Nocturnal olive harvesting banned in Portugal
The Portuguese Government has confirmed that it has banned nocturnal suction olive harvesting in the country for the coming season.
The decision follows the publication of a national study that concludes the practice "causes significant bird mortality" and that the mitigation measures tested, including the deliberate scaring of birds, proved "ineffective".
Roosting birds are helpless as the machines hoover up olives at night (Junta de Andalucía).
In May 2019, BirdGuides.com broke the news that millions of birds were being killed annually as bycatch through nocturnal suction olive harvesting across the Mediterranean region. Among the horrendous projected death tolls in olive-growing regions around southern Europe, it had been estimated that 96,000 birds were dying every winter in Portugal alone.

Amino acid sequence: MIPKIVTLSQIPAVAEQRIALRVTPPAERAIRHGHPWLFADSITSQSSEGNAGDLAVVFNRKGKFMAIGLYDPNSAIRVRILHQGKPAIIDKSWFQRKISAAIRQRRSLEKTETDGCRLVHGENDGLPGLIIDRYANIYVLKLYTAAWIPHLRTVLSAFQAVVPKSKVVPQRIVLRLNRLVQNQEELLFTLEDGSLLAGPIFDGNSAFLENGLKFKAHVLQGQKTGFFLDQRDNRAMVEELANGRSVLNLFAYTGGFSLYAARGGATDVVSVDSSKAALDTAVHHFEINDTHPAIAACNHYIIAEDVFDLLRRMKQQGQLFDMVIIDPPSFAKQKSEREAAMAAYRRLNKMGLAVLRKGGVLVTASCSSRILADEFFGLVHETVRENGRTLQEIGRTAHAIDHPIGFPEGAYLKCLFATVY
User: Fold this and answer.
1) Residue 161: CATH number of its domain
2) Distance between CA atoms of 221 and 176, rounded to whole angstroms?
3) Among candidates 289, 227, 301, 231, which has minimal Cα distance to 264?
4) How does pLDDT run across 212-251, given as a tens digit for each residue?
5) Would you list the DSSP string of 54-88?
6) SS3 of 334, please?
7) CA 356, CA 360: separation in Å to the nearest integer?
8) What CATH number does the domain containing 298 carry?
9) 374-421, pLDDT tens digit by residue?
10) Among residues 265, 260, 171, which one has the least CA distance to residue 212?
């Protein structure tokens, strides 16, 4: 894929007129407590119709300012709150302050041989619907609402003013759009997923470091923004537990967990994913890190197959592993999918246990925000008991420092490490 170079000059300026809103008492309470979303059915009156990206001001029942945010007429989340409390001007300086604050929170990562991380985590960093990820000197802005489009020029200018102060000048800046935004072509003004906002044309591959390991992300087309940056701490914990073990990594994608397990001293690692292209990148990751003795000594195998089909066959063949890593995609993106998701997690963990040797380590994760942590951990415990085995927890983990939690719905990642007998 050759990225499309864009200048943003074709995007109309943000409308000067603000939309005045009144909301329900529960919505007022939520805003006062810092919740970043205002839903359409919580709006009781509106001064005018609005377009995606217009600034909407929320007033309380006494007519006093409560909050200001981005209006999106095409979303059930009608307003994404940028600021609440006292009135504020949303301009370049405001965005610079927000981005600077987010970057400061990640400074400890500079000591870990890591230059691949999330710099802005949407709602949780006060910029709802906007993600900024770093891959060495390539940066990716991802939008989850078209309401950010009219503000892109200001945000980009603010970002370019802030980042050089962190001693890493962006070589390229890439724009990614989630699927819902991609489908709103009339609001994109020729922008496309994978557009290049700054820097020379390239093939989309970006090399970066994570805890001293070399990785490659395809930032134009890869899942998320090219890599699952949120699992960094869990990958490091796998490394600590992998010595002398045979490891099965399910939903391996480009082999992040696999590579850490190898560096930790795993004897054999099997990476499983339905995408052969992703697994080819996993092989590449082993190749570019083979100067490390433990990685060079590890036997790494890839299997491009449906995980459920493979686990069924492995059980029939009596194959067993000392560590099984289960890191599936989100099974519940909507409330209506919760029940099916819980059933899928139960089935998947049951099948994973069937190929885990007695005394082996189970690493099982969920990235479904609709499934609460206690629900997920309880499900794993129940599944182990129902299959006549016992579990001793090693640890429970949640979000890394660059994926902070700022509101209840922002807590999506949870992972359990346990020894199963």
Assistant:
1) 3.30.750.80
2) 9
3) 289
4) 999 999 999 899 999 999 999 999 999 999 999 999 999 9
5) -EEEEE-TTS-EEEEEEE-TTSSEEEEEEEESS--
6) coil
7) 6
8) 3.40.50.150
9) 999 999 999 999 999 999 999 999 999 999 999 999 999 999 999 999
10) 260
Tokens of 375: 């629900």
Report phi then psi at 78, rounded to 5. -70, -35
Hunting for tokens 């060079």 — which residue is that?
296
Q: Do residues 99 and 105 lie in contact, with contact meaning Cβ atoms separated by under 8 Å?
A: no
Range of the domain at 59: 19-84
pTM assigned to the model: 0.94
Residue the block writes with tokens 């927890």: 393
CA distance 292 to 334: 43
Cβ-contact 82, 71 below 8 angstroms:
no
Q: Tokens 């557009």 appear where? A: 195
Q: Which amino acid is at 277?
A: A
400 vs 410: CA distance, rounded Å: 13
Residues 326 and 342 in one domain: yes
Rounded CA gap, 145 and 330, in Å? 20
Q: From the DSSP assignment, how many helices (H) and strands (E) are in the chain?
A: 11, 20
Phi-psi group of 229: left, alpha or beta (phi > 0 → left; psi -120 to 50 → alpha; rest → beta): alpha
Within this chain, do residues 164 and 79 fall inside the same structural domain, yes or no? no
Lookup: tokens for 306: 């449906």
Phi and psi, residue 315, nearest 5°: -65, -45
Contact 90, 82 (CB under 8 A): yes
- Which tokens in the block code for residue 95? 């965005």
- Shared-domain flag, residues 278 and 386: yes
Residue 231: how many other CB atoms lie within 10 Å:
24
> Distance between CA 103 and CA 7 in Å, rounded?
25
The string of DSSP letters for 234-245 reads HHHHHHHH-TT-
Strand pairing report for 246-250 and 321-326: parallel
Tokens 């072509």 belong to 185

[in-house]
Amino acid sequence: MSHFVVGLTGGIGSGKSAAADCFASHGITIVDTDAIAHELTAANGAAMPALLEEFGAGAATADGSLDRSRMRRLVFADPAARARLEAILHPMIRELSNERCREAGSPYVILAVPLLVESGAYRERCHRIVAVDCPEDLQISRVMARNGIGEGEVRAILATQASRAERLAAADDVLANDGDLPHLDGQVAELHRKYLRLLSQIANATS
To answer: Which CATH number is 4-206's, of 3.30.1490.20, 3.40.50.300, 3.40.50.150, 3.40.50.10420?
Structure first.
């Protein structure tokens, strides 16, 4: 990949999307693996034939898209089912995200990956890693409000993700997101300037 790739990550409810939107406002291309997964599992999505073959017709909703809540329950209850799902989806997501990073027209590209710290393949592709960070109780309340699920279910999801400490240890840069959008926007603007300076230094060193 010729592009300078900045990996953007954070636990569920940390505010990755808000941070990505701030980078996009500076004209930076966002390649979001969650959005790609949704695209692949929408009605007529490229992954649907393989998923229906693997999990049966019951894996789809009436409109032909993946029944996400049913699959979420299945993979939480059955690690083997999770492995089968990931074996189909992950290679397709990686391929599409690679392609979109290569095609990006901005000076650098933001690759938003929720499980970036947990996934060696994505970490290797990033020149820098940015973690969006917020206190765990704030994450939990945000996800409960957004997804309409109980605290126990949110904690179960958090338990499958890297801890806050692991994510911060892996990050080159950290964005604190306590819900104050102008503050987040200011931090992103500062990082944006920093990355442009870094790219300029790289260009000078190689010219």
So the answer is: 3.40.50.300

The Portuguese decision follows that of Spain, which in October 2019 opted to ban the method for the 2019-20 harvest season in the regions of Andalusia and Castilla-La Mancha, which are some of the largest producers of olive oil in the country. Prior to the move, an astonishing 2.6 million birds were estimated to be vacuumed to death annually in Andalusia alone.
The Institute for Nature Conservation and Forests (INCF) was quick to point out that the disturbance and mortality of birds constitutes a violation of Portuguese law and that penalties should apply for anyone committing such an offence.
With this in mind, INCF has pledged to ramp up inspections of olive farms between October 2020 and March 2021 in order to ensure that farmers are complying with the new ruling and are not practising nocturnal suction harvesting.